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World Datelines


KABUL — Afghans are being terrorized routinely — robbed, beaten, kidnapped and imprisoned — by gunmen working for faction leaders, local authorities and high-ranking officials whom the United States helped bring to power, an international human rights group said in a report to be released Tuesday. The 101-page report by Human Rights Watch was based on hundreds of interviews conducted in southeastern Afghanistan.


DHAKA — Bangladesh on Monday became the second nation to ban the current issue of Newsweek's international edition over an article on new interpretations of Islam's holy book. Authorities said the story contains "confusing and objectionable" information about the Quran. On Thursday, Pakistan's government banned the issue, calling the article an insult to Muslims. The Bangladeshi government said "it might hurt the religious sentiments of Muslims."


HAMILTON — Bermuda's premier resigned on Monday, blaming the decision on a narrow victory in last week's elections and "friendly fire" from within her party. Jennifer Smith, who quit as leader of the Progressive Labor Party on Sunday, will remain a member of Parliament.


LONDON — An investigation into the suicide of weapons adviser David Kelly will hold its first, preliminary hearing on Friday, the government said Monday. Lord Hutton, an appeals judge, is examining the circumstances leading to the death earlier this month of Kelly, who was at the center of a bitter dispute between the government and the British Broadcasting Corp.


PHNOM PENH — Prime Minister Hun Sen's party claimed victory Monday in general elections, saying it expects to win about 73 of the 123 seats in the National Assembly. Independent observers monitoring the count from Sunday's vote also indicated the Cambodian People's Party was on its way to another five-year term, which had been widely expected. Official results are due Aug. 8.


BOGOTA — Carlos Castano, chief of the paramilitaries that battled Colombia's rebel armies, has acknowledged his forces massacred civilians, extorted money and dealt drugs, but claimed those acts were "inevitable excesses" in a war to save the nation. As his United Self-Defense Forces of Colombia prepare to disband as part of a peace agreement, Castano sought to justify the outlawed right-wing militia's tactics.


JERUSALEM — Israel has given permanent resident status to the "Black Hebrews," a community of black Americans, some of whom have been in the country since 1969, the Interior Ministry said Monday. The government granted the new status to the group of about 2,000 American citizens, who followed Chicago bus driver Ben Ami Carter to the southern Israeli desert town of Dimona in the belief that they are descended from the 10 lost tribes of Israel.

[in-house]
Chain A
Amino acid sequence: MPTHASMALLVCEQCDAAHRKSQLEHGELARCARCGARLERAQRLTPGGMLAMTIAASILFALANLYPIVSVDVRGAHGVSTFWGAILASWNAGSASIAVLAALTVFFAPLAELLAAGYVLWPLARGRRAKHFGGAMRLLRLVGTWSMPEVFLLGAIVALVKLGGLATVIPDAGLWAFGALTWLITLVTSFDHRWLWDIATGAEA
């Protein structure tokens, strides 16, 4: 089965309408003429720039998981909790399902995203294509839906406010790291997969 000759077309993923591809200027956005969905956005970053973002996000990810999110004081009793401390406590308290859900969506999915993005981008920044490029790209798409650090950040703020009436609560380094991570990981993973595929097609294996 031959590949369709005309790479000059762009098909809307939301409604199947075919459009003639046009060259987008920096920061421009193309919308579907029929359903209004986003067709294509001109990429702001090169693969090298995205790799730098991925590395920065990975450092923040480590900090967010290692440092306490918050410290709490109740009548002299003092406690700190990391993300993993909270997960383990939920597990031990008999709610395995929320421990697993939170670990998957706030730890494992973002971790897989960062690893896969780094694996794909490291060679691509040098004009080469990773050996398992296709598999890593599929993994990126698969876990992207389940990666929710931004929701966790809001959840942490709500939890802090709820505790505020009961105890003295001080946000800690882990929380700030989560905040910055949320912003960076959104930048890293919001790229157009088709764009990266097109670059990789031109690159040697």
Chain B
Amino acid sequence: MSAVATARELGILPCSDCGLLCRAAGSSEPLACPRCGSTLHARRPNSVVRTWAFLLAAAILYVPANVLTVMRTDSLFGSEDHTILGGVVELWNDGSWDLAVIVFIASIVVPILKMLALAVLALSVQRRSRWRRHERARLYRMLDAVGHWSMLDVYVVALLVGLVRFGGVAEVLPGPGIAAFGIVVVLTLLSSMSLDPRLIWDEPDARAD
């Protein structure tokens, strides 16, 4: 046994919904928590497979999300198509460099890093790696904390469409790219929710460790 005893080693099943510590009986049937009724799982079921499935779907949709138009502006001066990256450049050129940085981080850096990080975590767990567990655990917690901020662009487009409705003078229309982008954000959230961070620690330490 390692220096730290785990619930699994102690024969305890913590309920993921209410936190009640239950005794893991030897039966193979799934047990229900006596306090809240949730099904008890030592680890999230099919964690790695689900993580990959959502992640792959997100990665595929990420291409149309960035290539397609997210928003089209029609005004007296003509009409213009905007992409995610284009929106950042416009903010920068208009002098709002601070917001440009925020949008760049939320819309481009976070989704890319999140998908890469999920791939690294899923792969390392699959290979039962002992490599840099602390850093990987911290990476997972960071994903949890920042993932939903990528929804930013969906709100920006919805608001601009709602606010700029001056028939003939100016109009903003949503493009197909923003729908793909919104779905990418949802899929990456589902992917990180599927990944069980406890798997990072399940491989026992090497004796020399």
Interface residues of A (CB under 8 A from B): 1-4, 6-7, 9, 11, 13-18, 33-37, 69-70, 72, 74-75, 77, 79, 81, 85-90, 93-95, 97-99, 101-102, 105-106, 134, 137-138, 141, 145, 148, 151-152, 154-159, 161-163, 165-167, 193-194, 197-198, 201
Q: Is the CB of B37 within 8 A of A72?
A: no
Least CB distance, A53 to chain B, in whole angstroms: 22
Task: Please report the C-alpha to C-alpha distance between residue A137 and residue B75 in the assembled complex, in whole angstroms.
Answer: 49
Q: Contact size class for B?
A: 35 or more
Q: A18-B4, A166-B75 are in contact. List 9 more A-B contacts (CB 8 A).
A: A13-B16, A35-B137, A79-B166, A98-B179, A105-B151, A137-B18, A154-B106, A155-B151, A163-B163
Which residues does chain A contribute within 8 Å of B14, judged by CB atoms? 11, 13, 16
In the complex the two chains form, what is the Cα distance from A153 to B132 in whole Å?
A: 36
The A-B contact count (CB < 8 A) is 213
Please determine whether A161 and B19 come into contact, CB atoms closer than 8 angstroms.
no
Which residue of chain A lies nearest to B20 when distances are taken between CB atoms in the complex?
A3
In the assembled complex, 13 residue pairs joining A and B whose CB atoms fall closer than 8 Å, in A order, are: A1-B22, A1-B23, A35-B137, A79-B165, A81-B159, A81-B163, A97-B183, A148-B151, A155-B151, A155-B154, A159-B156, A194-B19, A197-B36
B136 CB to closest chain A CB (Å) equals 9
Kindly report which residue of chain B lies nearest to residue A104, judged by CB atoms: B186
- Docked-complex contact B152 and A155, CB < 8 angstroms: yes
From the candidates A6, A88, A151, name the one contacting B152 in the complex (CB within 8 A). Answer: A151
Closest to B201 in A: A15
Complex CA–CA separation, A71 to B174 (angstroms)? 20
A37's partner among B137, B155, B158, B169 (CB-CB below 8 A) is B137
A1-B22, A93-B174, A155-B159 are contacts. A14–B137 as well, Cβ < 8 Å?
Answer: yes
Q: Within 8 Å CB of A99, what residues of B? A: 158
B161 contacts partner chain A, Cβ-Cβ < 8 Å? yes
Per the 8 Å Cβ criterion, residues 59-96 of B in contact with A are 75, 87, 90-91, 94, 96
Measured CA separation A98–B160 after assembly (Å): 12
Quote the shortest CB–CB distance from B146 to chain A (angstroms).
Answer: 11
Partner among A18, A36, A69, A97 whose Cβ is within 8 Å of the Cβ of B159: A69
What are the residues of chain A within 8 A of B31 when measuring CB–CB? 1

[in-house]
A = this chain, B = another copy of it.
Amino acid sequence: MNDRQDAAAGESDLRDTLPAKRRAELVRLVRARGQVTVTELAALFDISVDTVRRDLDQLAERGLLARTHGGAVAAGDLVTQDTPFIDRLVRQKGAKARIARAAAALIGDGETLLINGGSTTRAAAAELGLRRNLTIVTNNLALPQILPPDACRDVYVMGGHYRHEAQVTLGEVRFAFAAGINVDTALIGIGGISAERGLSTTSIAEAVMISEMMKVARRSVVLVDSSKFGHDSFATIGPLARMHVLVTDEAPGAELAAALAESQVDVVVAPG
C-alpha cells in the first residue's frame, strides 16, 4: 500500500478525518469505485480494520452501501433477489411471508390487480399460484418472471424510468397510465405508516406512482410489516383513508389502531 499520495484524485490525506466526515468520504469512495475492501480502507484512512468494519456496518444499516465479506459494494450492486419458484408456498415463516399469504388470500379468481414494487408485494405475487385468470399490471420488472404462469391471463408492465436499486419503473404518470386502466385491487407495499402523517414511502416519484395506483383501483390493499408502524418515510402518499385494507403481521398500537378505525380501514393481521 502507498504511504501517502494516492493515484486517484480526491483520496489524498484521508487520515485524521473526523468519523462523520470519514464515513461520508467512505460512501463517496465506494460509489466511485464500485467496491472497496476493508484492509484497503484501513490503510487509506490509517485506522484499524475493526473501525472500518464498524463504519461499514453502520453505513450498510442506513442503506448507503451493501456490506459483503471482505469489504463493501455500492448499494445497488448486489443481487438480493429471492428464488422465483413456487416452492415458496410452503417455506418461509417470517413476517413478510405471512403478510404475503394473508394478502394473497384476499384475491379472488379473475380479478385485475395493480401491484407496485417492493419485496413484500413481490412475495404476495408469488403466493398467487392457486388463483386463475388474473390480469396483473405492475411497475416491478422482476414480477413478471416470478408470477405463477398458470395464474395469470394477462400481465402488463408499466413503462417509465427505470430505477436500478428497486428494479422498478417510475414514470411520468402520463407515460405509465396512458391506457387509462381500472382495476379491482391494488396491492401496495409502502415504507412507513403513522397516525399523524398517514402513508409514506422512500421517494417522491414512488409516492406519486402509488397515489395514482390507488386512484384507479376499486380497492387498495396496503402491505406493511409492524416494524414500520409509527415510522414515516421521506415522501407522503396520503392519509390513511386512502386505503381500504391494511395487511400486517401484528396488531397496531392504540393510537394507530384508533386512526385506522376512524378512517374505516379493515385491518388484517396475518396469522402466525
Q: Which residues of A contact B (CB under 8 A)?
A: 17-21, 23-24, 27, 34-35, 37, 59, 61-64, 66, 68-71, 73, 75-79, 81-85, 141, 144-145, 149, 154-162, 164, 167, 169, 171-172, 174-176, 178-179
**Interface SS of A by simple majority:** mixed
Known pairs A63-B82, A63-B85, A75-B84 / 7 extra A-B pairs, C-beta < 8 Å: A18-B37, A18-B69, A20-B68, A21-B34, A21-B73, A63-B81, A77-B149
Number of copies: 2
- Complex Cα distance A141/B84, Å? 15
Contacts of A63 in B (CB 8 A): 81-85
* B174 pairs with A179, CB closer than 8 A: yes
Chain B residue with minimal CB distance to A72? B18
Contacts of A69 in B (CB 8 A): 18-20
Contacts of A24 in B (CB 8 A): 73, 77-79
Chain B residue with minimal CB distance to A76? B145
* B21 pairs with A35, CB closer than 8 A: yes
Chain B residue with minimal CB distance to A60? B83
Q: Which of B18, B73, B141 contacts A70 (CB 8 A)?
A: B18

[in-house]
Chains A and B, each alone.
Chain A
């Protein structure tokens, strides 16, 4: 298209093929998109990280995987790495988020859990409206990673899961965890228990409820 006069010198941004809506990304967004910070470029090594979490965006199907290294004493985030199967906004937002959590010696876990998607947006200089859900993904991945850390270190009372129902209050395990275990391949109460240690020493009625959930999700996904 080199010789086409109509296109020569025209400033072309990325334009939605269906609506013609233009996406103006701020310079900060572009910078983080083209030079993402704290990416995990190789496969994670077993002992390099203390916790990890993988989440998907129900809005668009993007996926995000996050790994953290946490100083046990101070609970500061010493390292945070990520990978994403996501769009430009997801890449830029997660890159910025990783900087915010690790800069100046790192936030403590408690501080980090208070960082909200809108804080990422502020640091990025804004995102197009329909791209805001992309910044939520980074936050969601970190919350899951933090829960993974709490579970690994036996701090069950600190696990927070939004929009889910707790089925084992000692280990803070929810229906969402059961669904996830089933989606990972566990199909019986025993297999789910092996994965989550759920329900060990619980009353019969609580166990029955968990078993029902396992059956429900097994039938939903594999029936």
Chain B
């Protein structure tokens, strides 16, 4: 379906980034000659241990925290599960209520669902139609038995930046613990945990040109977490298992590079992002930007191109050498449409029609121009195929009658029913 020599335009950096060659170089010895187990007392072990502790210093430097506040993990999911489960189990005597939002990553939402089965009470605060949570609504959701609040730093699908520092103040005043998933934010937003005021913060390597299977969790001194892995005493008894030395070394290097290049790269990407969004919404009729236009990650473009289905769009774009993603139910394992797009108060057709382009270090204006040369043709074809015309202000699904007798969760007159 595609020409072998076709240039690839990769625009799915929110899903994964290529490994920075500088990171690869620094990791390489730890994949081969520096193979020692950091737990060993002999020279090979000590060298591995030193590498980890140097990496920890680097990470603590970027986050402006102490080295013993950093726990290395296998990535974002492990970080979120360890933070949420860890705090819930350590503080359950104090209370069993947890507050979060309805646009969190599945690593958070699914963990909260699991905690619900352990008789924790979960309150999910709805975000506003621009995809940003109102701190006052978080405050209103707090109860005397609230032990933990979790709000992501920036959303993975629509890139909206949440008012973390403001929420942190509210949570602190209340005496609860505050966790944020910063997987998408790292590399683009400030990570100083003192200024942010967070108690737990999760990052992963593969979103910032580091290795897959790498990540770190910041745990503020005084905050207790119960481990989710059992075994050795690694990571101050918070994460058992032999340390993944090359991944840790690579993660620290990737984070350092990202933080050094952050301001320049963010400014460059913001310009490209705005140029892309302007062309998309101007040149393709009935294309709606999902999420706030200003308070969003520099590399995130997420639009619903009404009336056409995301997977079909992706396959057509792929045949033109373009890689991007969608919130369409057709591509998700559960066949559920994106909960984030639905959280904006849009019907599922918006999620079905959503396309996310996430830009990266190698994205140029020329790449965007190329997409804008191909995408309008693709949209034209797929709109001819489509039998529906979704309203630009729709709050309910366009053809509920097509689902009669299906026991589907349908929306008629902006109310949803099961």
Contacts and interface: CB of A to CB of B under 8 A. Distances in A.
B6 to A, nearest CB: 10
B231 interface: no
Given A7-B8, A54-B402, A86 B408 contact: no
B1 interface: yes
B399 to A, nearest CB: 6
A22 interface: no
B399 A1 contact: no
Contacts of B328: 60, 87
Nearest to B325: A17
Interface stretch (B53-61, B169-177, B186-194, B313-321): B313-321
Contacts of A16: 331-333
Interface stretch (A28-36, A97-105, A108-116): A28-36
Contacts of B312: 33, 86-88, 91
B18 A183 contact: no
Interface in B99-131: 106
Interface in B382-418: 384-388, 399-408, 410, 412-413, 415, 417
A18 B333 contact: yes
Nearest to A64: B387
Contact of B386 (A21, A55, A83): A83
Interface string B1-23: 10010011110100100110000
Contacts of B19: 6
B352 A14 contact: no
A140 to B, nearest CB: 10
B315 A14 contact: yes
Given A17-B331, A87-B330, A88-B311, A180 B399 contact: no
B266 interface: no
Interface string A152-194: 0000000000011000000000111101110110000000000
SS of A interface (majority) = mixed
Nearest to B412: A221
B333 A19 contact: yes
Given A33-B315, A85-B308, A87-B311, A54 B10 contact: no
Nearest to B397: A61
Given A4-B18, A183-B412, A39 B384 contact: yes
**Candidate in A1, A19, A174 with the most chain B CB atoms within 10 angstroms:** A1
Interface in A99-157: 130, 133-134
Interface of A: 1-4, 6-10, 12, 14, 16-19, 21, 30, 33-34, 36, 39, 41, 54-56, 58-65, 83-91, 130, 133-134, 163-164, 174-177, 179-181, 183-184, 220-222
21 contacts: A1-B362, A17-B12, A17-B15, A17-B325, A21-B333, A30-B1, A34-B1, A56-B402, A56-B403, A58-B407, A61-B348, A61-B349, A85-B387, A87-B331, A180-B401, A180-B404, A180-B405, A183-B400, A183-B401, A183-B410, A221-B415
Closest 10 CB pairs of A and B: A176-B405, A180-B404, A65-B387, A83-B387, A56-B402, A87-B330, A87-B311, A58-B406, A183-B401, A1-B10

TOKYO — President Bush phoned Japan's prime minister Monday to welcome parliament's vote to authorize sending Japanese troops to help in the policing and reconstruction of Iraq. Bush "expressed his respect" to Prime Minister Junichiro Koizumi for his leadership in ensuring the law's passage. Koizumi replied that the move was one aspect of his commitment to strengthening the Japan-U.S. alliance.


MANILA — For the Bush administration, the Philippines is seen as a beachhead for U.S. troops in the campaign against terror in Southeast Asia, and the mutiny by some 300 soldiers over the weekend seems unlikely to change Washington's warmth toward President Gloria Macapagal Arroyo. Trained as an economist and educated in the United States, she appears to be President Bush's favorite leader in the region. No other country in the region has received such personal attention.

The Vatican

VATICAN CITY — The Vatican hopes to rally public opposition to gay marriages in a worldwide campaign spurred by its alarm over growing legal acceptance of same-sex unions in Europe and North America. Pope John Paul II has been speaking out for months against legislative proposals to legalize same-sex marriages. But instructions to be released this week go a step further by outlining a course of action for politicians and other lay people to oppose extending the rights accorded to traditional couples.